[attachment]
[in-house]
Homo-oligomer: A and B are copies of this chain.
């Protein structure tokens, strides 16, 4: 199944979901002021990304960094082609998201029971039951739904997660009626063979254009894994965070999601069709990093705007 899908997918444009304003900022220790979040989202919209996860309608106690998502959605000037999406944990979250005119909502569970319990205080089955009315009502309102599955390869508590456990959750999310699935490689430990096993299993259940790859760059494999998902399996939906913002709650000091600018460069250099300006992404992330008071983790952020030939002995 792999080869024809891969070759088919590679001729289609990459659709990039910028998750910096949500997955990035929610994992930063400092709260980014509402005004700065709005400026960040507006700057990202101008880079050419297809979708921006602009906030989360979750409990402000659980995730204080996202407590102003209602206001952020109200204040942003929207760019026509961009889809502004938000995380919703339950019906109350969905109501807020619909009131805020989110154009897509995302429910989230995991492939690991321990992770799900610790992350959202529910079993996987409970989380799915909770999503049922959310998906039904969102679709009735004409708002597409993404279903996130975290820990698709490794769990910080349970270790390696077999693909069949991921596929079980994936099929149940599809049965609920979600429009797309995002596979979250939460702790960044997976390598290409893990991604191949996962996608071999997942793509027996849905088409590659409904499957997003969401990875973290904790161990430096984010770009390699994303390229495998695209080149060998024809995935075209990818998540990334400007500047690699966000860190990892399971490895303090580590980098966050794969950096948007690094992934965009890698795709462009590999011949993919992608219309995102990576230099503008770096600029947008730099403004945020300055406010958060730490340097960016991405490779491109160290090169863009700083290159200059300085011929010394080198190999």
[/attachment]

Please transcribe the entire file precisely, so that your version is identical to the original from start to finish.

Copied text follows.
[in-house]
Homo-oligomer: A and B are copies of this chain.
């Protein structure tokens, strides 16, 4: 199944979901002021990304960094082609998201029971039951739904997660009626063979254009894994965070999601069709990093705007 899908997918444009304003900022220790979040989202919209996860309608106690998502959605000037999406944990979250005119909502569970319990205080089955009315009502309102599955390869508590456990959750999310699935490689430990096993299993259940790859760059494999998902399996939906913002709650000091600018460069250099300006992404992330008071983790952020030939002995 792999080869024809891969070759088919590679001729289609990459659709990039910028998750910096949500997955990035929610994992930063400092709260980014509402005004700065709005400026960040507006700057990202101008880079050419297809979708921006602009906030989360979750409990402000659980995730204080996202407590102003209602206001952020109200204040942003929207760019026509961009889809502004938000995380919703339950019906109350969905109501807020619909009131805020989110154009897509995302429910989230995991492939690991321990992770799900610790992350959202529910079993996987409970989380799915909770999503049922959310998906039904969102679709009735004409708002597409993404279903996130975290820990698709490794769990910080349970270790390696077999693909069949991921596929079980994936099929149940599809049965609920979600429009797309995002596979979250939460702790960044997976390598290409893990991604191949996962996608071999997942793509027996849905088409590659409904499957997003969401990875973290904790161990430096984010770009390699994303390229495998695209080149060998024809995935075209990818998540990334400007500047690699966000860190990892399971490895303090580590980098966050794969950096948007690094992934965009890698795709462009590999011949993919992608219309995102990576230099503008770096600029947008730099403004945020300055406010958060730490340097960016991405490779491109160290090169863009700083290159200059300085011929010394080198190999």